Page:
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DESIGN, DEVELOPMENT AND OPTIMIZATION OF OLMESARTAN MEDOXOMIL LIQUISOLID TABLETS USING CENTRAL COMPOSITE DESIGN

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ABOUT AUTHORS:
Swati k. Nagar*1, Dr. Harsha V. Patel1, Dr.Vishnu A. Patel2, Vinod V. Siju3
1Indukaka Ipcowala College of pharmacy, New V.V.Nagar
2ARCP, Vallabh vidhyanagar
3Anand Pharmacy College, Anand.
*swati.nagar28@gmail.com

ABSTRACT-
The aim of the present study was to investigate the applicability of liquisolid technique in improving the dissolution properties and solubility of olmesartan medoxomil (OLM) in a solid dosage form. This study was designed to optimize and evaluate the effects of different formulation variables: ratio of carrier to coating material (X1) and drug concentration (X2)  on angle of repose (Y1), hardness(Y2), saturation solubility study (Y3) and cumulative percentage release at 10 min (CPR 10min)(Y4) of formulation using five  level two factor central composite design. The quadratic model generated by the design is of the form: Y = A0 + A1X1 + A2X2 + A3X1X2 + A4X12 + A5X22 + E, where Y is the measured response associated with each factor level combination. Contour and response surface plots were depicted based on the equation given by the model. The optimized formula yields observed values close to the predicted values. The liquisolid tablets were formulated with liquid vehicles, poly ethylene glycol 400 (PEG400) at five drug concentrations, 10% w/w, 15% w/w, 20% w/w, 25% w/w and 30% w/w. Avicel PH102 was used as a carrier material, Aerosil 200 as a coating material and cross carmellose sodium as a disintegrant.In-vitro drug dissolution profiles of the liquisolid formulations were studied and compared with conventional formulation (olmezest), in simulated intestinal fluid (pH 6.8). The drug release rates of LS compacts were higher as compared to directly compressed tablets, which show significant benefit of LS in increasing wetting properties and surface area of drug available for dissolution. From this study it concludes that the LS technique is a promising alternative for improvement of dissolution property.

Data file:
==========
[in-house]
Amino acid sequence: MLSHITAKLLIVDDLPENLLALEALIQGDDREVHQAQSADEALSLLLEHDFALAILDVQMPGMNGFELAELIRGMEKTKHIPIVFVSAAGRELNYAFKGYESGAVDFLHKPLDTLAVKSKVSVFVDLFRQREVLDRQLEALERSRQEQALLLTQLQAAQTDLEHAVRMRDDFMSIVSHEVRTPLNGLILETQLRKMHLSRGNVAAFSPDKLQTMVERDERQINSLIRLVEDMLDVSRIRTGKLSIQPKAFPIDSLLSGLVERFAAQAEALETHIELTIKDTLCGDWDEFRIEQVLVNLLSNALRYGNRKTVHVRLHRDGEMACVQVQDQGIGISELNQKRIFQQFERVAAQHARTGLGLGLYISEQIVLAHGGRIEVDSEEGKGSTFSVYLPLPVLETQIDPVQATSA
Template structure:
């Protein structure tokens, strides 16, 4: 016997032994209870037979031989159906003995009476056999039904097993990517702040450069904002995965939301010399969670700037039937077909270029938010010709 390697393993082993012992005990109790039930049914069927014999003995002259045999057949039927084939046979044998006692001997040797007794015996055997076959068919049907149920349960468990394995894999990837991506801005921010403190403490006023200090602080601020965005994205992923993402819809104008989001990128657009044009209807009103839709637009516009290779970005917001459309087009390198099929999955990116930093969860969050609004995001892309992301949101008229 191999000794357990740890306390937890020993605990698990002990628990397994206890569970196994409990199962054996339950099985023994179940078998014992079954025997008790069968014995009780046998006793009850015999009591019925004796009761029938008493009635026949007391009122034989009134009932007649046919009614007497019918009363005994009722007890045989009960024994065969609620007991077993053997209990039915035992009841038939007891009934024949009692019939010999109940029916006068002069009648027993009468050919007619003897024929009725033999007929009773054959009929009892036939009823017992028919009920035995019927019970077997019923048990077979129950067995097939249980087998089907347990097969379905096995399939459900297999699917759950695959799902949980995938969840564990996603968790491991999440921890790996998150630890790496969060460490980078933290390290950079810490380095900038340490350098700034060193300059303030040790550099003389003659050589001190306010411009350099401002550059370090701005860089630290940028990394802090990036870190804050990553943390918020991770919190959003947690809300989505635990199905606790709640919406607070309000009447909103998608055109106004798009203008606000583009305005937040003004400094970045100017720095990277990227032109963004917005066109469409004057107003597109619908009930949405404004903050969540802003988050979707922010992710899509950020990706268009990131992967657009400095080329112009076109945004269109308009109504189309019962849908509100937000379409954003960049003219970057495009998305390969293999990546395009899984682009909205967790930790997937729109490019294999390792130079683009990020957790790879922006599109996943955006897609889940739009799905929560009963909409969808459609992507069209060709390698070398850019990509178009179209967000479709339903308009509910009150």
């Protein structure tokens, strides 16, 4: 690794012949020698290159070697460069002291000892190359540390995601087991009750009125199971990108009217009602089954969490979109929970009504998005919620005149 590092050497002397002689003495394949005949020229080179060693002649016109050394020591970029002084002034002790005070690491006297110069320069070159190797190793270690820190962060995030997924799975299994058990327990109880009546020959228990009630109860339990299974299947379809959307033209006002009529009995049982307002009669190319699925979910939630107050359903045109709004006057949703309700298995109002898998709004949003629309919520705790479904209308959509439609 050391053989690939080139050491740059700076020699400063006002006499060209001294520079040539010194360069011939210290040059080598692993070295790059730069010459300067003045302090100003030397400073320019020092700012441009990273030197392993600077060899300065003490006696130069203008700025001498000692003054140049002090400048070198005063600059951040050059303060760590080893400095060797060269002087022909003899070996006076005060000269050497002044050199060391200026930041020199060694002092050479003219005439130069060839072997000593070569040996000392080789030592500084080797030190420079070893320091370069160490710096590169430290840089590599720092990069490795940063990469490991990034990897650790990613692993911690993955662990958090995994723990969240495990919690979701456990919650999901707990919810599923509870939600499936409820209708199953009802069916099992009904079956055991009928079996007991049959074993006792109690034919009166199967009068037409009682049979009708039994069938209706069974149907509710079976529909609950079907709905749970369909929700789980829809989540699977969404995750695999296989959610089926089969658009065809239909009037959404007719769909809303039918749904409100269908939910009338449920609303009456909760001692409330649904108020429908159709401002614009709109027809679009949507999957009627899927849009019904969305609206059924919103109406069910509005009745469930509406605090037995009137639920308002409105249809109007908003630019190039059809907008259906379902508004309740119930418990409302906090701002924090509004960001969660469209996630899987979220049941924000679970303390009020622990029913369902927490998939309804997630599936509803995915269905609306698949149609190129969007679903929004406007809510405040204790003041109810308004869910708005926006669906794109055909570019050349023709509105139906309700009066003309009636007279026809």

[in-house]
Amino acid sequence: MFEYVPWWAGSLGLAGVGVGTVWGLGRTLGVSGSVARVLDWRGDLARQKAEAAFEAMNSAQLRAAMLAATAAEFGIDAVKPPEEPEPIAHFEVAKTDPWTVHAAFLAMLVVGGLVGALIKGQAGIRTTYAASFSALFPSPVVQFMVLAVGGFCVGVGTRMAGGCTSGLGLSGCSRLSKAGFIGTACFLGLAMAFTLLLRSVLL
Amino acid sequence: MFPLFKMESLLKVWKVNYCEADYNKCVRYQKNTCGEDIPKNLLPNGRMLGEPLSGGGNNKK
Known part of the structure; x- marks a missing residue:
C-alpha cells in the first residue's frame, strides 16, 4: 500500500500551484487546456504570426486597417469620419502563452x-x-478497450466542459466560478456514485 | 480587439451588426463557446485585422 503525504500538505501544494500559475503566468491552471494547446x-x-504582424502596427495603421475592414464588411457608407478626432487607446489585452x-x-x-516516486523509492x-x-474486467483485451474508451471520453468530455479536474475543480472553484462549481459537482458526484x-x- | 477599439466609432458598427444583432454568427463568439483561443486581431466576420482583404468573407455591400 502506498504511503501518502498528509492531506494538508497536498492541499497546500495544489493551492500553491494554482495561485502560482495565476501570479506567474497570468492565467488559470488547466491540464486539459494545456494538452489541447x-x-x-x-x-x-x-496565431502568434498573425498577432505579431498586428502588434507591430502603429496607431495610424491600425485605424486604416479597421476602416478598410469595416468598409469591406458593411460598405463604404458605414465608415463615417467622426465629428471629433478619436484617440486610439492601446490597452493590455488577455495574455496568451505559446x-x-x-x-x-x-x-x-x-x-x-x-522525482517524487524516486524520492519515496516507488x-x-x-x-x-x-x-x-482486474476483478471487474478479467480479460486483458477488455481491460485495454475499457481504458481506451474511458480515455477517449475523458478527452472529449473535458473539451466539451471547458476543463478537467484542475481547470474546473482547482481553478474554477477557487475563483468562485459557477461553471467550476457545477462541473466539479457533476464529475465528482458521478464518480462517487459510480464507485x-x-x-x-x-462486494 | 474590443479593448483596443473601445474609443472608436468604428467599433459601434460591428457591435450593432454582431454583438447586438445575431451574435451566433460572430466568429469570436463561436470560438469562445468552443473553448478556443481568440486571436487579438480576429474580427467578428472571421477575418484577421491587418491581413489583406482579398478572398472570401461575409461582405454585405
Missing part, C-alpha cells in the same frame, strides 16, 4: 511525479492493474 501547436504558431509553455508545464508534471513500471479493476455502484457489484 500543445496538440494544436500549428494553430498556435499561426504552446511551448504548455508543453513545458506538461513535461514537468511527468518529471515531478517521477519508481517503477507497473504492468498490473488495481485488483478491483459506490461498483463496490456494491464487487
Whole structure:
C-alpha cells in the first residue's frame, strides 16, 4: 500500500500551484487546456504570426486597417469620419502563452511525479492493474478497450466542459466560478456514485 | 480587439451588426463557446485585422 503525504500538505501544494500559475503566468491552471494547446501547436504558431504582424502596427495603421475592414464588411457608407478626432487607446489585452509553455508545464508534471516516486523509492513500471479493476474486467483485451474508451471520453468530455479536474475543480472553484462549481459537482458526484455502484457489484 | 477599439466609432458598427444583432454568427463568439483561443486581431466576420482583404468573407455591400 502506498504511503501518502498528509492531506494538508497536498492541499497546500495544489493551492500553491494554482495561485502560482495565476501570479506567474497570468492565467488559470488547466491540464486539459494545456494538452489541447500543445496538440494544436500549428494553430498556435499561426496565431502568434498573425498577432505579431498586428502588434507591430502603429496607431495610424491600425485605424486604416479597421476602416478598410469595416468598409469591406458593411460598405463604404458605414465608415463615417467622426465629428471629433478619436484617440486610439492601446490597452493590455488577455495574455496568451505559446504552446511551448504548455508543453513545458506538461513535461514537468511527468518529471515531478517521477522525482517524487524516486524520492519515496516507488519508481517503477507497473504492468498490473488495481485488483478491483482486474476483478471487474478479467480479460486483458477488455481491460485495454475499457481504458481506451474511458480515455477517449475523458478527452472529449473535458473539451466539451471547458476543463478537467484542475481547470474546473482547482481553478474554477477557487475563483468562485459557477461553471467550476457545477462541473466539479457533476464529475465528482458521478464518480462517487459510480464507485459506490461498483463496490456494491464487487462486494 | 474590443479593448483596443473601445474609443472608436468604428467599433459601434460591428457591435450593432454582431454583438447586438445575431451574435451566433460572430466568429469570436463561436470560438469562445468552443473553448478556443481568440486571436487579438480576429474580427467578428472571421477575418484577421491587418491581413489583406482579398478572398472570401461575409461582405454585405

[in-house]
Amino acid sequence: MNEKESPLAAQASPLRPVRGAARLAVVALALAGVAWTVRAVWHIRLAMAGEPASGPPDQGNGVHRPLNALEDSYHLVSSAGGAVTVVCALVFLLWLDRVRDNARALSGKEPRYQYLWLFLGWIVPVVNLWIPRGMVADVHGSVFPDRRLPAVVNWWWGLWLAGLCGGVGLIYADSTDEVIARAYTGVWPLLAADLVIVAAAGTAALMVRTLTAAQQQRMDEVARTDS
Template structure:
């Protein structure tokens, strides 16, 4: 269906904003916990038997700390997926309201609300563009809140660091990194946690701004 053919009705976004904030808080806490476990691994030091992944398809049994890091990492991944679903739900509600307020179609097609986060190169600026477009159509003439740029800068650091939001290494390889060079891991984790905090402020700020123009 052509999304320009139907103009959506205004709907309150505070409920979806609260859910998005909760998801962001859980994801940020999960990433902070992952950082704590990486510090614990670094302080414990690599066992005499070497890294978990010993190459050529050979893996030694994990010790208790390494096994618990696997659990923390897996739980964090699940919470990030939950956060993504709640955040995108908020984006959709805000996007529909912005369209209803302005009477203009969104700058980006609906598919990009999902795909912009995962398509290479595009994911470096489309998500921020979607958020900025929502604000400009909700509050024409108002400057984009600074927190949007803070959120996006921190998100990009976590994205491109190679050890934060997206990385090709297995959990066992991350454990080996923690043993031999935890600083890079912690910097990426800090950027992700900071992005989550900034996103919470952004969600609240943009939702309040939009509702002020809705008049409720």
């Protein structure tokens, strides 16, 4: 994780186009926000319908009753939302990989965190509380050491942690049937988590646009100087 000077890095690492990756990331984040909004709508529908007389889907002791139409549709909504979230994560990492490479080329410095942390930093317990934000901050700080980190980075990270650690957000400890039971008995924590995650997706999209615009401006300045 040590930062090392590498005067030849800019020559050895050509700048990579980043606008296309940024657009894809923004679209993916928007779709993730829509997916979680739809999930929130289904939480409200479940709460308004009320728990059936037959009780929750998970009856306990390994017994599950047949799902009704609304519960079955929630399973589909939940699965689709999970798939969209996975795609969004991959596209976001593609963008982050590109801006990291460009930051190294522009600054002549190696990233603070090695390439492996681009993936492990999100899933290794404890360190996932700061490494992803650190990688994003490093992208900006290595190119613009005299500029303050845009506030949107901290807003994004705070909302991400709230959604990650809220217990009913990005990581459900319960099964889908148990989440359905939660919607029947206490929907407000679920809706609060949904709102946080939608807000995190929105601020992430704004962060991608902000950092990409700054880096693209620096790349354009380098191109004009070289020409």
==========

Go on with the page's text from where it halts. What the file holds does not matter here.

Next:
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REFERENCE ID: PHARMATUTOR-ART-1907

INTRODUCTION-
About 40% of the drug candidates identified via combinatorial screening programs are poorly water soluble. The aqueous solubility for poorly water-soluble drugs is usually less than 100 µg/ml1.The dissolution rate is the rate-limiting factor in drug absorption for class II (low solubility and high permeability) and class IV (low solubility and low permeability) drugs as defined in the biopharmaceutical Classification System, BCS. Poorly water soluble drugs are difficult to formulate using conventional techniques2.

Among various techniques to overcome the solubility issue, several researchers reported that the formulation of liquisolid tablets is one of the most promising techniques for promoting drug dissolution3. Consequently, drug dissolution properties and oral bioavailability will be improved. The concept of ‘‘liquisolid tablets” was evolved from ‘‘powdered solution technology” that can be used to formulate ‘‘liquid medication. Theterm ‘‘liquid medication” refers to solid drugs dispersed in suitable non-volatile liquid vehicles. By simple mixing of such ‘‘liquid medication” with selected carriers and coating materials, dry-looking, non-adherent, free-flowing and readily compactible powder admixtures can be produced4 Spireas and Bolton Suggested that particles possess poroussurface with high absorption properties may be used as the carrier material such as cellulose, starch and lactose. Increasing moisture content of carriers results in decreased powder flowability5.